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#289066 - 05/22/18 03:48 AM Re: stuff you don't see in EDC... [Re: quick_joey_small]
haertig Offline

Registered: 03/13/05
Posts: 2002
Loc: Colorado
Originally Posted By: quick_joey_small
How are you going to get into your home to reach the spare key cabinet if you lose your house key?

I have pushbutton digital locks. The batteries in those things last for years and years. And even if a battery dies without warning (they have indicators for low battery), all the batteries in all the locks on different doors aren't going to go bad at the exact same time.

I wish I had bought digital locks a long time before I actually did. They are great. But you have to get good ones. When you enter the combination on a good one, that allows a normal mechanical deadbolt to be operated. One the cheap ones, you enter the combo and a little cheap battery powered motor turns little cheap plastic gears, to draw the little cheap deadbolt out of the little cheap striker plate for you. These cheapies are not secure at all. You can pay a ton of money for some of them that allow you to unlock them remotely. Not for me. The last thing I want is some fool screaming into my window, "Alexa, unlock the front door" and being successful at it.

#289083 - 05/23/18 07:04 PM Re: stuff you don't see in EDC... [Re: TeacherRO]
TeacherRO Offline

Registered: 03/11/05
Posts: 2292
I'm also surprised how few carry a jacket or umbrella.

#289962 - 07/18/18 07:01 PM Re: stuff you don't see in EDC... [Re: TeacherRO]
TeacherRO Offline

Registered: 03/11/05
Posts: 2292
I knew on guy who carried a full 1 qt Naglene bottle...in school.

#289977 - 07/19/18 06:42 PM Re: stuff you don't see in EDC... [Re: TeacherRO]
bacpacjac Offline
Carpal Tunnel

Registered: 05/05/07
Posts: 3599
Loc: Ontario, Canada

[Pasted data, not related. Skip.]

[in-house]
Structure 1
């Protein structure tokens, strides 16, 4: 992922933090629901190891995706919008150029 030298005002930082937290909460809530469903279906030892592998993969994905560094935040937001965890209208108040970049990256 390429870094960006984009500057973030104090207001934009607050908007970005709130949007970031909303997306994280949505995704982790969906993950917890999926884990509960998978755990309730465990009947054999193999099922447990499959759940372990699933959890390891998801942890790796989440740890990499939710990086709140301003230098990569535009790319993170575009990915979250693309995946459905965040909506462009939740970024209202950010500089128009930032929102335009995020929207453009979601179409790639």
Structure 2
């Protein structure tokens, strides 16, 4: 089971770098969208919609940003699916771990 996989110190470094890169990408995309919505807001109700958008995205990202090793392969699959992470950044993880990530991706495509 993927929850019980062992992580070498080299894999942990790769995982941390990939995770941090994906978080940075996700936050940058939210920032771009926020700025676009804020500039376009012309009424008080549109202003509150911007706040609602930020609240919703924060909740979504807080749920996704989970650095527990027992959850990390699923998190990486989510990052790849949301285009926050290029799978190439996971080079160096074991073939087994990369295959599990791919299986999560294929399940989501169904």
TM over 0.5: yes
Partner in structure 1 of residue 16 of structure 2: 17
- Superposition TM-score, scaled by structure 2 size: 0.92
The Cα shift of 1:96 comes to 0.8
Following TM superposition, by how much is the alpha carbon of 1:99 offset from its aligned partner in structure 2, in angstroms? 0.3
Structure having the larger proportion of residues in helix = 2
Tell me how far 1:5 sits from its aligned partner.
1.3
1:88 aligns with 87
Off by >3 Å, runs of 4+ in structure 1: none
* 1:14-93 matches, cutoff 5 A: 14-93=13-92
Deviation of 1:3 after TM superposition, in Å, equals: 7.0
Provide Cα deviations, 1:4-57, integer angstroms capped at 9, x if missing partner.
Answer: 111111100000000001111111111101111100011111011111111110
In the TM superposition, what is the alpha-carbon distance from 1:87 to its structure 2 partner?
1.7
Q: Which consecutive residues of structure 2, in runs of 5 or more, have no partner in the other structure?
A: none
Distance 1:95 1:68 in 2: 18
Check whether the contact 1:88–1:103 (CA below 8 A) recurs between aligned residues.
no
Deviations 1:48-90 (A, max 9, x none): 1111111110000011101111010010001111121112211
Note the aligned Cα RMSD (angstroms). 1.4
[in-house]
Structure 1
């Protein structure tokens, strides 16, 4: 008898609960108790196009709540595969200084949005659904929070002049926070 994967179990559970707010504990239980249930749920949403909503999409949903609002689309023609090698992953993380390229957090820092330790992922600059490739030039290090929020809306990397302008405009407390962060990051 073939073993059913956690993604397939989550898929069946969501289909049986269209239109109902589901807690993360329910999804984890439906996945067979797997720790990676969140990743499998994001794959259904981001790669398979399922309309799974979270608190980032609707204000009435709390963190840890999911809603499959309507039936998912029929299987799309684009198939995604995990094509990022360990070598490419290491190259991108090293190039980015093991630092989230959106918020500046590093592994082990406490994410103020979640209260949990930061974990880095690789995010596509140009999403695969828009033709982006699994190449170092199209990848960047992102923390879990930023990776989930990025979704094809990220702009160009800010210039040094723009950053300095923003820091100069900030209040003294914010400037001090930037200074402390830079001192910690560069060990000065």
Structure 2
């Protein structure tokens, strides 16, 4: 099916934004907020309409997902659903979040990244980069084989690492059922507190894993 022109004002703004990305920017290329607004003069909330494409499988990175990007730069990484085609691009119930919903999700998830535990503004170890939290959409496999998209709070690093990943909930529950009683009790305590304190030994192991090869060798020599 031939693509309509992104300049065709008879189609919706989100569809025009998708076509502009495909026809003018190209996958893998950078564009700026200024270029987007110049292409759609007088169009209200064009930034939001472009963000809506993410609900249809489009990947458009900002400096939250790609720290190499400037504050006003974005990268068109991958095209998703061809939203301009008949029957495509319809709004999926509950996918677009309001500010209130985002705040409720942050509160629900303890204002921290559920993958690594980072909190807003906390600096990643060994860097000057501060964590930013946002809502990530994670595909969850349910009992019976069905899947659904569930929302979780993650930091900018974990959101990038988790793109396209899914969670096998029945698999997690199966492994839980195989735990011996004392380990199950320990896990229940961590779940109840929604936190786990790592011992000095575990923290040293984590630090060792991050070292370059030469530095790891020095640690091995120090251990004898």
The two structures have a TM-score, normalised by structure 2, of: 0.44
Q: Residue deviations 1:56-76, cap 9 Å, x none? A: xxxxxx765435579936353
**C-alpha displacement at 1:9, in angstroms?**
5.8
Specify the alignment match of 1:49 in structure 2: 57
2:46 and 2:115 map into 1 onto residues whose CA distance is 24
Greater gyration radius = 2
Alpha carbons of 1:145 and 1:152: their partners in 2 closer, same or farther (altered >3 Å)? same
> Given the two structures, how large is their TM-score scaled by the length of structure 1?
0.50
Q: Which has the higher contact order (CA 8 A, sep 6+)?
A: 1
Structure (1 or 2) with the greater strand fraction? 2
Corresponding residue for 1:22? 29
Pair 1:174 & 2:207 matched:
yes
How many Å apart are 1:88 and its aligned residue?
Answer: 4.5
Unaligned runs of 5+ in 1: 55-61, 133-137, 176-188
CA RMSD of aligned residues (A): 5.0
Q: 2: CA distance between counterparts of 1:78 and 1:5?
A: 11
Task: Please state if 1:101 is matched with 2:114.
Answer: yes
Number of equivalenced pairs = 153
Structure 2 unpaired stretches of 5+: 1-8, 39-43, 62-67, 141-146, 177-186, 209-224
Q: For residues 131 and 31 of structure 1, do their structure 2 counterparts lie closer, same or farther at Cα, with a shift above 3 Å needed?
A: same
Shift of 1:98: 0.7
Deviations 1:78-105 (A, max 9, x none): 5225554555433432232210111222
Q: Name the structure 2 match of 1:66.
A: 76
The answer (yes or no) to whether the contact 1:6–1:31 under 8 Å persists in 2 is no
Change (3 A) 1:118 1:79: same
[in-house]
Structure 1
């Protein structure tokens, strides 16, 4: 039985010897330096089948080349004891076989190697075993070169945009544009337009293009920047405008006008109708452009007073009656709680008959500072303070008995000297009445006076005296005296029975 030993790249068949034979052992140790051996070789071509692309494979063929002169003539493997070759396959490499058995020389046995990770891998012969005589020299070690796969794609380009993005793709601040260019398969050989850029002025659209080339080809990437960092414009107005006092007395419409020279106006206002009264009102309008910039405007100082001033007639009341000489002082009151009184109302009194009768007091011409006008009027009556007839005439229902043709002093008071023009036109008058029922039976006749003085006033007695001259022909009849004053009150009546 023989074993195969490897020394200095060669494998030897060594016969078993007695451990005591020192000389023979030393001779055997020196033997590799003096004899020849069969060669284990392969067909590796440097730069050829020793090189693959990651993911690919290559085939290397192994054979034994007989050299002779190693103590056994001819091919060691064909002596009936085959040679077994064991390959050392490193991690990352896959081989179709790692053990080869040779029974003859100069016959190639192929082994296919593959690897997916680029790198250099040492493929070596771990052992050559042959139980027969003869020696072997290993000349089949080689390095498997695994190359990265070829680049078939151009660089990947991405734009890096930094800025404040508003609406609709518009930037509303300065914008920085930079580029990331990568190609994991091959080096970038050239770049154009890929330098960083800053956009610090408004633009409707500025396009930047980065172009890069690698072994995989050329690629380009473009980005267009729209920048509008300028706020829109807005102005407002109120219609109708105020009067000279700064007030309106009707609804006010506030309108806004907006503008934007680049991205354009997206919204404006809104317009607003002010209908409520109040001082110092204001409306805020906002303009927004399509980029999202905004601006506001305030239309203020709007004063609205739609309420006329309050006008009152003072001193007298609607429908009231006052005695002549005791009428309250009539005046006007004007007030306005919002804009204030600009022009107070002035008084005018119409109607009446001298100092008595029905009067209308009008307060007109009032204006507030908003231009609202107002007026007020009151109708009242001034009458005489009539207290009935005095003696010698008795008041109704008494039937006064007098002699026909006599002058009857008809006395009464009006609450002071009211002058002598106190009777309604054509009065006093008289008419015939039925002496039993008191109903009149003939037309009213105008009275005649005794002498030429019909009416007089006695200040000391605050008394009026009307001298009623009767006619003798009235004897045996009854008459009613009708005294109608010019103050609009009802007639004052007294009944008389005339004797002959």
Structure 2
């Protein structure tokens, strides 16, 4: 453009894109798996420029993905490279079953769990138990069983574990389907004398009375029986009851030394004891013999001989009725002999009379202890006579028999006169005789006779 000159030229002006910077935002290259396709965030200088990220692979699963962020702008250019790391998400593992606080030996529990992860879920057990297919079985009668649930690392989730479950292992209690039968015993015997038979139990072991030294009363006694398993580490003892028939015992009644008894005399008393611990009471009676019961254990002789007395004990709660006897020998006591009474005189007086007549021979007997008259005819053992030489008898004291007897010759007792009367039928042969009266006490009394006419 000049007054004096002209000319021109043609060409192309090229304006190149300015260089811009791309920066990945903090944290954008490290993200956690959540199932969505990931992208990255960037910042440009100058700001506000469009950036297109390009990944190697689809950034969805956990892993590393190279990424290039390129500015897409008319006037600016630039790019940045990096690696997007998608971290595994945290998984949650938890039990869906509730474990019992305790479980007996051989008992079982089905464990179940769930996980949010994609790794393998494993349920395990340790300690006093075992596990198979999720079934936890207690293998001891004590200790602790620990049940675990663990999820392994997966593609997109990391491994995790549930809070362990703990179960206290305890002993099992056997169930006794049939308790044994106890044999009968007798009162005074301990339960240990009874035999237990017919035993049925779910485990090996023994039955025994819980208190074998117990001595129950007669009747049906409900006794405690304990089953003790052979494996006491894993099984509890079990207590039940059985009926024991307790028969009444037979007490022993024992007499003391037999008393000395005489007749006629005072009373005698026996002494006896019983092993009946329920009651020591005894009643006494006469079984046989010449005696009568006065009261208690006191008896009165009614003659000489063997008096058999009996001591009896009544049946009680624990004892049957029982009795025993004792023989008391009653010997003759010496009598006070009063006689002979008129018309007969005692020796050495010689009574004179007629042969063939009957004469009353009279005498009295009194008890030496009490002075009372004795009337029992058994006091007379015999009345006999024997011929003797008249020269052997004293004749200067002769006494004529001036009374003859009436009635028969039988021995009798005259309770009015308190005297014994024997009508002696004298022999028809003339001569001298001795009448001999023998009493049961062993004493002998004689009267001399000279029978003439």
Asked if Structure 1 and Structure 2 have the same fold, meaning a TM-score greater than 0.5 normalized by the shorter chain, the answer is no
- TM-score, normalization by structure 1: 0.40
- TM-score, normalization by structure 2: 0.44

Originally Posted By: TeacherRO
I knew on guy who carried a full 1 qt Naglene bottle...in school.

I maybe missing your point, and I am a confessed chronic over-packer, but that sounds perfectly reasonable to me. Heck, your guy could be a germaphobe, for whom 32 oz is barely enough for a perfect day.

Different bottle options are out there that could save weight, but Nalgenes are pretty bomb-proof and long-lasting. I might even suggest a metal bottle for potential boiling....

Question: If I went hiking with less than a quart would I be foolish? Consider that it's been 100F and above around here this month. I carried three 32oz bottles on my adventure to the zoo with my kids yesterday. There are sinks and water fountains all over the place there, just like in other public spaces like schools. That doesn't mean I want to keep stopping to refill.

My teenager certainly doesn't have time in his school day for that. He's commuting to Summer school, on the other side of the city, on his bike. It's almost 10 miles each way. Here's a few things we've considered:

*It's a long hot ride and there's no A/C at school. I want him carrying water with him on his commute as well as in class. 32 ozs is a reasonable amount for a full day. In the event that he forgets or can't to refill it during the day or before he heads home, he should be well hydrated with that amount.